Everyone wants to talk about privacy. The recent death of Tyler Clementi, the college student who committed suicide after his roommate streamed his sexual encounter online, has highlighted how vulnerable privacy is and how high the stakes for it are. Christena Nippert-Eng’s Islands of Privacy gives us a rich perspective on this topic and challenges us to ask what, and how, we can keep anything to ourselves.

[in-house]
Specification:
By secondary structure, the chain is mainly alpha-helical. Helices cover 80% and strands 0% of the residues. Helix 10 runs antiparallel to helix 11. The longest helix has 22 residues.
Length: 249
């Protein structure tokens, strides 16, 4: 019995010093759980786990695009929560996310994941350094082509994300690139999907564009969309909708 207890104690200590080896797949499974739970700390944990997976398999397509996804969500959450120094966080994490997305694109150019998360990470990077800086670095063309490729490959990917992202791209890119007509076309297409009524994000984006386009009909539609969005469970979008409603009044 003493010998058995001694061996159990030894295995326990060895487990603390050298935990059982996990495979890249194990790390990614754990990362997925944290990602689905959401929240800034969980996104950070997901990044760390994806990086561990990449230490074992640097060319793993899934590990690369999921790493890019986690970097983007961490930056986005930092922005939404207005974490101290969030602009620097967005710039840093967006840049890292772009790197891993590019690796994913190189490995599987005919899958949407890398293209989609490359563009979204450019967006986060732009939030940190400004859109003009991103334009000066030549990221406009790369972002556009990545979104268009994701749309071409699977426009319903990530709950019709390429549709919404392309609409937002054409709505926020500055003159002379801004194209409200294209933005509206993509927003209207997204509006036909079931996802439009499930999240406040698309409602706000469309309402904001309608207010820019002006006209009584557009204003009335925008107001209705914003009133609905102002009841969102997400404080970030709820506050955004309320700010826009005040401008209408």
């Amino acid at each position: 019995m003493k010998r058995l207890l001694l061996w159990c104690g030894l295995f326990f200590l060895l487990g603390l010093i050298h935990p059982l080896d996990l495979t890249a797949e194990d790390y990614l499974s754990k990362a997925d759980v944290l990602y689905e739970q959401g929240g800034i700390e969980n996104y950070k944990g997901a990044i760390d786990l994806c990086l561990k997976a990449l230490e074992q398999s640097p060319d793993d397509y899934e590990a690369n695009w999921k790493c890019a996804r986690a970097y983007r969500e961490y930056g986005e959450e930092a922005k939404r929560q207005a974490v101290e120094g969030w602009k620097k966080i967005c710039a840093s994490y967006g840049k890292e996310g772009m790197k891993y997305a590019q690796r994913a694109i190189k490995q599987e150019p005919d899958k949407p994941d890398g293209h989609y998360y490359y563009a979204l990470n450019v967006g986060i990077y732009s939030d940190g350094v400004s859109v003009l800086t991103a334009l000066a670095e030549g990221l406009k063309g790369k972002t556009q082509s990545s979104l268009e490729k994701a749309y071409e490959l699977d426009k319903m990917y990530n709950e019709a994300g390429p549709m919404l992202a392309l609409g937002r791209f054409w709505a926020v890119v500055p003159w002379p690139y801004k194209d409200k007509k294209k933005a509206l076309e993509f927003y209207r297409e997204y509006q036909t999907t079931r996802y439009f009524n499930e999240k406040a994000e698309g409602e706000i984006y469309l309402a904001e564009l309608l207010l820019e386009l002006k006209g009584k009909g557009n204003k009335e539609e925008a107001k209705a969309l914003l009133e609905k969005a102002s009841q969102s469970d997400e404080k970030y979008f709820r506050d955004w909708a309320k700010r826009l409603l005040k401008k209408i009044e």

The book presents the results of Nippert-Eng’s nine-year study on privacy, during which she interviewed 74 people. Nippert-Eng is a professor of sociology, but she ditches scholar-ese in favor of lively, energetic writing free of jargon. (As someone who edits dissertations, I know this is no small feat.) At its most powerful moments, Islands of Privacy does what a work of social science does best: allow a person to connect her individual experience with broader phenomena. I was glad to learn I’m not the only one who forgets secrets in order to avoid blurting them out and who hides lowbrow magazines before company calls. It’s good to discover that some beliefs we hold and worries we have come from shared culture, not personal weirdness.